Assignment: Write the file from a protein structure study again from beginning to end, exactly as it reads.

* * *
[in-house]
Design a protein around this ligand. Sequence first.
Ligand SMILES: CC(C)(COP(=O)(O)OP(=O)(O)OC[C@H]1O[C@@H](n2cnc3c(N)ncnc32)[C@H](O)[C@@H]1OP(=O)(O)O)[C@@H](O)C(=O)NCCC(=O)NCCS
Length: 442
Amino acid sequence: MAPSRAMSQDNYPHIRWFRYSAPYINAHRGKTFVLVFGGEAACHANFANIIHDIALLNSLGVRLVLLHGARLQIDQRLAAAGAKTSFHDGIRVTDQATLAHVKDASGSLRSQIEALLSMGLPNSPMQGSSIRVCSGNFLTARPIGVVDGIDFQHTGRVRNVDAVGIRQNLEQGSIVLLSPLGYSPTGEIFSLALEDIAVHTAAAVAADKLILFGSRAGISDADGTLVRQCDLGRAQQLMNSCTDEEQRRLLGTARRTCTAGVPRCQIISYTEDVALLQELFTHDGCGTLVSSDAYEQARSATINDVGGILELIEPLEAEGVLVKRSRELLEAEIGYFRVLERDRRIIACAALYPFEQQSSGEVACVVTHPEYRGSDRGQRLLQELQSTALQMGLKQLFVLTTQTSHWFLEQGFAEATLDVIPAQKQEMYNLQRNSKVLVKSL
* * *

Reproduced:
[in-house]
Design a protein around this ligand. Sequence first.
Ligand SMILES: CC(C)(COP(=O)(O)OP(=O)(O)OC[C@H]1O[C@@H](n2cnc3c(N)ncnc32)[C@H](O)[C@@H]1OP(=O)(O)O)[C@@H](O)C(=O)NCCC(=O)NCCS
Length: 442
Amino acid sequence: MAPSRAMSQDNYPHIRWFRYSAPYINAHRGKTFVLVFGGEAACHANFANIIHDIALLNSLGVRLVLLHGARLQIDQRLAAAGAKTSFHDGIRVTDQATLAHVKDASGSLRSQIEALLSMGLPNSPMQGSSIRVCSGNFLTARPIGVVDGIDFQHTGRVRNVDAVGIRQNLEQGSIVLLSPLGYSPTGEIFSLALEDIAVHTAAAVAADKLILFGSRAGISDADGTLVRQCDLGRAQQLMNSCTDEEQRRLLGTARRTCTAGVPRCQIISYTEDVALLQELFTHDGCGTLVSSDAYEQARSATINDVGGILELIEPLEAEGVLVKRSRELLEAEIGYFRVLERDRRIIACAALYPFEQQSSGEVACVVTHPEYRGSDRGQRLLQELQSTALQMGLKQLFVLTTQTSHWFLEQGFAEATLDVIPAQKQEMYNLQRNSKVLVKSL